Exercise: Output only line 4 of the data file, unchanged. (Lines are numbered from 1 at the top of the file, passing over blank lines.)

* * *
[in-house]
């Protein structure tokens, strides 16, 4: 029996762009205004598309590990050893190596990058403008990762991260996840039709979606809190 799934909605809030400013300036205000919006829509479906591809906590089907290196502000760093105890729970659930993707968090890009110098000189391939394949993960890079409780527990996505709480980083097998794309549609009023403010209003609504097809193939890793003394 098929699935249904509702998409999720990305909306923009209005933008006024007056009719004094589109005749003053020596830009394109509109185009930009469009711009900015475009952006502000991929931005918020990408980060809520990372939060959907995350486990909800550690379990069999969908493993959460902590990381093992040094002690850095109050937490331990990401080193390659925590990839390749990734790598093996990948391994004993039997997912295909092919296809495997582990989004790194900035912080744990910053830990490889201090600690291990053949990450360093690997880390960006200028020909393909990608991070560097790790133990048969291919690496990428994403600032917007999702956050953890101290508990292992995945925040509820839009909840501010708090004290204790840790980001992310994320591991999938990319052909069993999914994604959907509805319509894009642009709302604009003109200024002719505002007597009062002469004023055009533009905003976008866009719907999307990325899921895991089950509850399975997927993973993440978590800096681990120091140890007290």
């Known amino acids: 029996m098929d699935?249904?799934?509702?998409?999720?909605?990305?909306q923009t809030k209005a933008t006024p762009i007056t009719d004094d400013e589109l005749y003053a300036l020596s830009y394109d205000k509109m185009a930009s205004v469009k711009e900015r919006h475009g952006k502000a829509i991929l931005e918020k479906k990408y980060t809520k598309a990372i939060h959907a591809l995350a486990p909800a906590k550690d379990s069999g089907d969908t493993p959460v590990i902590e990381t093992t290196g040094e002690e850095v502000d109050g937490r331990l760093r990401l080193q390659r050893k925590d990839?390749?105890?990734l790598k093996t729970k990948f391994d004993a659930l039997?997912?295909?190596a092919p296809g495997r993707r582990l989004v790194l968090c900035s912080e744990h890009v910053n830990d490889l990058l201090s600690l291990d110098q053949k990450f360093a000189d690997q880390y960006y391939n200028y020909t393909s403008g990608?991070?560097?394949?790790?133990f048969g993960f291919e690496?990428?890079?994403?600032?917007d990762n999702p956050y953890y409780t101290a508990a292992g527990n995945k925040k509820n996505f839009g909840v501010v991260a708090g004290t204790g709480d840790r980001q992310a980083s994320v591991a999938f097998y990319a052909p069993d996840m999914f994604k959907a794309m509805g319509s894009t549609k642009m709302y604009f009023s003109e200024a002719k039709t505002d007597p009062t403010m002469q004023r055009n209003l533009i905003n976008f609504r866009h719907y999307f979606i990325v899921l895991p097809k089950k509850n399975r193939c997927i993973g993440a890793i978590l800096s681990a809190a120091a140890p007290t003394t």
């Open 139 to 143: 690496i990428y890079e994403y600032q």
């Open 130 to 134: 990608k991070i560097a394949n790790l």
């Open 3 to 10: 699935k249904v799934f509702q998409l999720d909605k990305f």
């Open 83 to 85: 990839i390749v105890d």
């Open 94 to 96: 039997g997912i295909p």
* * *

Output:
């Open 139 to 143: 690496i990428y890079e994403y600032q």